• Removes temporary files - Any files used by the Setup Wizard that are no longer needed are deleted.
  • Restarts the computer - The computer is automatically restarted. This is the final step of the Setup Wizard.
Upon restart, the computer will either boot directly to Windows XP Professional or it will bring up the operating system selection window (the text of the BOOT.INI file) if you have more than one operating system installed.

After you start Windows XP for the first time, you will come to the Welcome to Microsoft Windows screen to finish setting up your computer. Click on the Green NEXT arrow at the bottom right hand corner of the display.

The system will then check to see how you will connect to the Internet. If Windows cannot detect the settings it will prompt you for input. (You can also select SKIP to by pass this section).

The Registration of your Windows XP Professional software IS NOT REQUIRED. You can skip this step and never go back to it.

The Windows Product Activation screen appears next. Windows Product Activation has been designed by Microsoft it protect their intellectual property as much as possible from software piracy. According to Microsoft through the setup feature, you do not need to send any information at all when you activate the product, not even a name. This step is required, at this time or within the first 30 days.

If you decide to skip this registration step now, you will only be able to use Windows XP Professional for 30 days. At that time, the operating system will not function without activating the product. You will have no other option but to either blow the partition away and reinstall the OS for another 30 days or activate the software.

If you skip this step, Windows XP will periodically remind us during our 30-day period to Activate the product.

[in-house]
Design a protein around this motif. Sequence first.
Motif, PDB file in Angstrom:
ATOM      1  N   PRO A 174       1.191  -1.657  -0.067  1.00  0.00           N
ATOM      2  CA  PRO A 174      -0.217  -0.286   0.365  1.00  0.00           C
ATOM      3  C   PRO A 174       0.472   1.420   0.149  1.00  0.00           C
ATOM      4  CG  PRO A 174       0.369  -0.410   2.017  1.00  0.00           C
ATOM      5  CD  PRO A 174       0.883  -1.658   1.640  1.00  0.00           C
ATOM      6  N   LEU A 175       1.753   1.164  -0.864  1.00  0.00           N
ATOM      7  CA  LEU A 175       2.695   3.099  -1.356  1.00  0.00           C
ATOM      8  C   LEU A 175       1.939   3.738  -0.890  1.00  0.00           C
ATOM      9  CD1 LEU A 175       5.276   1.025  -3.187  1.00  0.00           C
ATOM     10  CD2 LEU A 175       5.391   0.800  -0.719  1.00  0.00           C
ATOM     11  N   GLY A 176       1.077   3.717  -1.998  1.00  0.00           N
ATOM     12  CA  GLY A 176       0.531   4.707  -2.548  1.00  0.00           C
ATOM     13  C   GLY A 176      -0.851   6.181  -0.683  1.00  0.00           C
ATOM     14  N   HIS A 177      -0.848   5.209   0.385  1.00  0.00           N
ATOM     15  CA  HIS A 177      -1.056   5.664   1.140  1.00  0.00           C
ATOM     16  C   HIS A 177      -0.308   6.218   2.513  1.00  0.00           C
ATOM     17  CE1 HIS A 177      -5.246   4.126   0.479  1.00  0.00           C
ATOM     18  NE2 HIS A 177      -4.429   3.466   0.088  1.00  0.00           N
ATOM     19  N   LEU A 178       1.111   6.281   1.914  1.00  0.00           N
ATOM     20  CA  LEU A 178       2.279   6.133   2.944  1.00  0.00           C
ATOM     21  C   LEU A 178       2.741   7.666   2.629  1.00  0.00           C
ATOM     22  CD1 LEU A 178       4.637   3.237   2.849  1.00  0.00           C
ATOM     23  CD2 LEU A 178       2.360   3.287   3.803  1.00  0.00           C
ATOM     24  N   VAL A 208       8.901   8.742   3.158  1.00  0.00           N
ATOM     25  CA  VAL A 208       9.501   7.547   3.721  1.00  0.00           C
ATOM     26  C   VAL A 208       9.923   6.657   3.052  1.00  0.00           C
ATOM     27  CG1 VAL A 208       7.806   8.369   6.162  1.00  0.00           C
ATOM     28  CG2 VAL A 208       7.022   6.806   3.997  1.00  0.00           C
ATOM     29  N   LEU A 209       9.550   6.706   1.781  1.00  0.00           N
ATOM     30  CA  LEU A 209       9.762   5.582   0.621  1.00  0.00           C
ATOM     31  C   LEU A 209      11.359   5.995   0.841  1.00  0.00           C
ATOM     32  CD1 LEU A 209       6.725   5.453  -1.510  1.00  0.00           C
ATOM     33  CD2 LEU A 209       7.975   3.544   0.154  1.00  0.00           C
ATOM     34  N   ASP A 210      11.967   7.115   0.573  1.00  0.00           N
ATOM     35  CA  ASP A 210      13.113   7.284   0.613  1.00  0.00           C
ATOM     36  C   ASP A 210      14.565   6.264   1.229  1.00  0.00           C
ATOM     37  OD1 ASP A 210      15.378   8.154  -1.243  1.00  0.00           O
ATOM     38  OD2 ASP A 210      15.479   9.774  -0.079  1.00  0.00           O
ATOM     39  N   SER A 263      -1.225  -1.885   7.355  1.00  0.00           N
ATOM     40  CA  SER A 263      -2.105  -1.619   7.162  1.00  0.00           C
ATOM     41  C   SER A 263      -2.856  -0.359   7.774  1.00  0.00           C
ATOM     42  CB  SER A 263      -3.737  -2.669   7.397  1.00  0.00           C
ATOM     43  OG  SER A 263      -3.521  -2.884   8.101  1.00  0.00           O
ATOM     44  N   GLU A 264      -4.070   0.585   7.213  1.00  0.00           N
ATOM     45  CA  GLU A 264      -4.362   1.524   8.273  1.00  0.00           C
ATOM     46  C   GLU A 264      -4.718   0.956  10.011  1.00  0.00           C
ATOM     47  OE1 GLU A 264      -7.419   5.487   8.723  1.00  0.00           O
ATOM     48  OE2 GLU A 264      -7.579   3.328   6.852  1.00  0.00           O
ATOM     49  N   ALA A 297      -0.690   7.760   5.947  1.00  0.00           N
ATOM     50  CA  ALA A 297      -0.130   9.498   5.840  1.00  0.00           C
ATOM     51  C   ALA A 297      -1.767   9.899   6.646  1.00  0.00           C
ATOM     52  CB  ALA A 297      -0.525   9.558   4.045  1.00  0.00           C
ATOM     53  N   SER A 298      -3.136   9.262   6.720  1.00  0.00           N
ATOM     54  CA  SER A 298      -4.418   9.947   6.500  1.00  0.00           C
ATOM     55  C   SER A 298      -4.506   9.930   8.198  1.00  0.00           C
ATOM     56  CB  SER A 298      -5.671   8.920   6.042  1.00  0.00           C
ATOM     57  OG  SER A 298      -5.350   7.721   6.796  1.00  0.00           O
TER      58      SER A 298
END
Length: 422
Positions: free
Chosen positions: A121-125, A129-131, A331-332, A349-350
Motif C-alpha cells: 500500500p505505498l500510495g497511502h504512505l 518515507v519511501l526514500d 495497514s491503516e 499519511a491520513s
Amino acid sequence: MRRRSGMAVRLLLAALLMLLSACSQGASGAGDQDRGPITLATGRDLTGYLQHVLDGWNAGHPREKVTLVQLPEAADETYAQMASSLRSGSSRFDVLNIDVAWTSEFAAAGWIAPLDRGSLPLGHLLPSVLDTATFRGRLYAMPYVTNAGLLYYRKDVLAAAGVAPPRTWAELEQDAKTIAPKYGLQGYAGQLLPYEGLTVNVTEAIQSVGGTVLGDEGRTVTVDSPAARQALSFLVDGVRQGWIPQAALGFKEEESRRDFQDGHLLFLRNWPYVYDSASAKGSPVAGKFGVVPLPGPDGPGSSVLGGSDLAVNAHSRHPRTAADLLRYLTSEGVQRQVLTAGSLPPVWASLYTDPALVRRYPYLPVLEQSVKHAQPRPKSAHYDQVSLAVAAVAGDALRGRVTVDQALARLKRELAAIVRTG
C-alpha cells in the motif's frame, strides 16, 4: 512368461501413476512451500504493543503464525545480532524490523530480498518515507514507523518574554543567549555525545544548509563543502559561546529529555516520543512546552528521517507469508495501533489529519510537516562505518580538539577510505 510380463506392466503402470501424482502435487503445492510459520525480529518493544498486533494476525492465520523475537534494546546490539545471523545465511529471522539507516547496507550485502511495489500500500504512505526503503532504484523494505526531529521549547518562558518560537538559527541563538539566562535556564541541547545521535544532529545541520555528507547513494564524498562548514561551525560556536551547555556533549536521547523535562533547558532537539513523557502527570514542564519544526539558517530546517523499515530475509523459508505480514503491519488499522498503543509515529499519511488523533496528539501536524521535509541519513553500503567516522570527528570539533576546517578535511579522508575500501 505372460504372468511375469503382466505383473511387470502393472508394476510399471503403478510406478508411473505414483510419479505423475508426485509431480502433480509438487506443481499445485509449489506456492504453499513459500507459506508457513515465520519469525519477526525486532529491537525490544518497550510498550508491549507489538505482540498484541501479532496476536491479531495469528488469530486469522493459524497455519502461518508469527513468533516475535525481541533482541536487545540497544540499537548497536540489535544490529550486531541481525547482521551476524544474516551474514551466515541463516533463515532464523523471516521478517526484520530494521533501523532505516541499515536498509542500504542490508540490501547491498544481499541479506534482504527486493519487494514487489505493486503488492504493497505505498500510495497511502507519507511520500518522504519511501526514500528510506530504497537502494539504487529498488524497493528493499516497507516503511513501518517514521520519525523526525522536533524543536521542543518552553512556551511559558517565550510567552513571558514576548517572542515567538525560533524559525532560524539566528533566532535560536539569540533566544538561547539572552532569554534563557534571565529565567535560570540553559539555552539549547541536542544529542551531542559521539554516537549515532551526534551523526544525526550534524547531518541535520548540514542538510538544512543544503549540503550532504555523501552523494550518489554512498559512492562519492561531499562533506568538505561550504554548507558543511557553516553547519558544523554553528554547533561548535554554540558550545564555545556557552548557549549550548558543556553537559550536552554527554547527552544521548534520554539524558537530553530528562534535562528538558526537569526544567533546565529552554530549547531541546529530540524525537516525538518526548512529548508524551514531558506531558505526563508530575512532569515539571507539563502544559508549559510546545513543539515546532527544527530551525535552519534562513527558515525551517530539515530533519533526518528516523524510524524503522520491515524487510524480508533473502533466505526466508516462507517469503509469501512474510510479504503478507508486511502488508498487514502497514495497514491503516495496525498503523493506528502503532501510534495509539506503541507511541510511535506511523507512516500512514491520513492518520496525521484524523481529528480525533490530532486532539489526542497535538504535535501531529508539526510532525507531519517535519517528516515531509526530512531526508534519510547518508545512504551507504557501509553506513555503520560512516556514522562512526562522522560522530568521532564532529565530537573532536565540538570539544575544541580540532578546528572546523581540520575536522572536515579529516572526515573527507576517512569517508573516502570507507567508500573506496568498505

The next screen we are brought to is the Internet Access screen, which allows us to configure our Internet connection at this time as well. You do have the option to skip this step as well.

The next screen that appears is the User Setup screen. On this setup page you are able to enter the name of each person that will have local access to this computer. If you choose to do this now, Windows XP Professional would create a separate user account for each name entered.

These names would first appear on the Welcome Screen in alphabetical order. At that point, users would be able to select their name from the Welcome screen to use the computer. The local administrator can use User Accounts in the system Control Panel to assign these users with passwords and system permission limits. It is also where additional users can be created, in lieu of doing here or in addition to entering some here.

At least one name needs to be entered.

This first user becomes a local administrator by default.

Best of luck in your studies and please feel free to contact me with any questions on my article and remember, "If a bad guy can alter the operating system on your computer, it may not be your computer anymore"

Jason Zandri